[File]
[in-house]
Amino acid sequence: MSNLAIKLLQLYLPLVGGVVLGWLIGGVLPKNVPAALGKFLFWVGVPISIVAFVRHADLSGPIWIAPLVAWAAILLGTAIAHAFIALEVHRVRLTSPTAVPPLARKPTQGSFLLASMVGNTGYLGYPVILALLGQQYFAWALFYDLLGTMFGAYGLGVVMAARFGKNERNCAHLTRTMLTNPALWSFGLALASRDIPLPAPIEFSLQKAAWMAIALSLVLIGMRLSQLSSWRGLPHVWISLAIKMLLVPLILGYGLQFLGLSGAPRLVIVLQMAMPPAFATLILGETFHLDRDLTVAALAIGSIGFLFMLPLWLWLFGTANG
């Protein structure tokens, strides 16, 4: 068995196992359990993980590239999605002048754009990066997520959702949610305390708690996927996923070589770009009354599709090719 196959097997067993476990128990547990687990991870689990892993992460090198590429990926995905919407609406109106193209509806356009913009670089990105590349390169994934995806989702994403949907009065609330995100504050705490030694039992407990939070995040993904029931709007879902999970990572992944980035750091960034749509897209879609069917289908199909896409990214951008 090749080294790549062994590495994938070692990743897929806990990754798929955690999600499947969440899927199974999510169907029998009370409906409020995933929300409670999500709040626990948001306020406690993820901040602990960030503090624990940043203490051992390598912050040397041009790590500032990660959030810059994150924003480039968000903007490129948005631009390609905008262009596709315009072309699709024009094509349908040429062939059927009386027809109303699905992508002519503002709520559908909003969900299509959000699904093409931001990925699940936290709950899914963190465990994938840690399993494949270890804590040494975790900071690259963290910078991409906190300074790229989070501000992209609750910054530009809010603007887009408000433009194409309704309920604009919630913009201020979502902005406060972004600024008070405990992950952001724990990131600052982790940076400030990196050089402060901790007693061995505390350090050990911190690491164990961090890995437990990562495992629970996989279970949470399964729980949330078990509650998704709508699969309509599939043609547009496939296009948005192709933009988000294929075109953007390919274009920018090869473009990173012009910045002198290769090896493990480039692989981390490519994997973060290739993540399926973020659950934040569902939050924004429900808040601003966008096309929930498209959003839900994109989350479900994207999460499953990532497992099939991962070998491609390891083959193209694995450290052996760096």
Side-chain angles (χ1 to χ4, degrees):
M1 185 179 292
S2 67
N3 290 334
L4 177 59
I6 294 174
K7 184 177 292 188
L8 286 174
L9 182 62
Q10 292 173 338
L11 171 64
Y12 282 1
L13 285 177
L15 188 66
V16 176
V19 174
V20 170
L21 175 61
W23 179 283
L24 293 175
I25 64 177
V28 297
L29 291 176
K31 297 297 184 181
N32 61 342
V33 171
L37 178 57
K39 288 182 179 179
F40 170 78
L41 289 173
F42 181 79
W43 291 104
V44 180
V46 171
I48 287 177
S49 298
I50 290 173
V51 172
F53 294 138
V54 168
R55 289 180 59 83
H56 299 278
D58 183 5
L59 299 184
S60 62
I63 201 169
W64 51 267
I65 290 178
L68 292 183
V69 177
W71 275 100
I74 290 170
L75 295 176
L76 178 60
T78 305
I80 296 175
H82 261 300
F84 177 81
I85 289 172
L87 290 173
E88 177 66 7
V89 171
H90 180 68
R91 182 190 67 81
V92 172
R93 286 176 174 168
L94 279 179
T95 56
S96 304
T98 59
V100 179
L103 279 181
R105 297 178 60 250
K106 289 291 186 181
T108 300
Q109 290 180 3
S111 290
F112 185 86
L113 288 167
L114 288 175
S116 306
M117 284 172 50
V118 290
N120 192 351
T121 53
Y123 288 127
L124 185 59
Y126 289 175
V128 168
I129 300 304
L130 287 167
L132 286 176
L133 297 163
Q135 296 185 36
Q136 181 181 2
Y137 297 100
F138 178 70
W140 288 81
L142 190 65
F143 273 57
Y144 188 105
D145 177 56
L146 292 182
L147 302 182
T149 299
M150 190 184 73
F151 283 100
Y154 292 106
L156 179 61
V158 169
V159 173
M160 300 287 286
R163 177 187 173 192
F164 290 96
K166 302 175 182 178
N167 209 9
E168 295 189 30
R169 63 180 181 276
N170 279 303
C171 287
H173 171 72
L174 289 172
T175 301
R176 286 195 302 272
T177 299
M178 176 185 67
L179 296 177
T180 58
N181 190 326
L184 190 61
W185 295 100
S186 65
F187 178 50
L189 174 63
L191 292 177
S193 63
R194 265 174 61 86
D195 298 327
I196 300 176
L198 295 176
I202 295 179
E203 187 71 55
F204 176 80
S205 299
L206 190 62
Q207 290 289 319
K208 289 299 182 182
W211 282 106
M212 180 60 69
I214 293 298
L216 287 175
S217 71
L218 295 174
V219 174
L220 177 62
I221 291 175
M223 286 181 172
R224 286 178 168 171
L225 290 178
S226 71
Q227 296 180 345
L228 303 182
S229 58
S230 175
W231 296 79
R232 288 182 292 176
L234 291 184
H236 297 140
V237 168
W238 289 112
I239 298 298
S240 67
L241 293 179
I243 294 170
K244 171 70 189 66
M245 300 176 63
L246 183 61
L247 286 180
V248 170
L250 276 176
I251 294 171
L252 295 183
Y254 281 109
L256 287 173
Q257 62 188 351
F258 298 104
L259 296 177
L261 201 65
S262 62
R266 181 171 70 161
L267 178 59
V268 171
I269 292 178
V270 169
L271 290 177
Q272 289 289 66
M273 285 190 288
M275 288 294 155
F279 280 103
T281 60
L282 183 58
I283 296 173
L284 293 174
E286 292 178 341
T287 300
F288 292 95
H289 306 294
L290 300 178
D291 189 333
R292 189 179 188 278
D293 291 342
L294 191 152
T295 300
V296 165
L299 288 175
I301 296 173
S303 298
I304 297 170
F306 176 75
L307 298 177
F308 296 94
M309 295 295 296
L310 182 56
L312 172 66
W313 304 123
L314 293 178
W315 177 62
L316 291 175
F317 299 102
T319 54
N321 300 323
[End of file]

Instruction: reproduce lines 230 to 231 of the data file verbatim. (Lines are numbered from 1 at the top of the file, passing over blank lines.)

W315 177 62
L316 291 175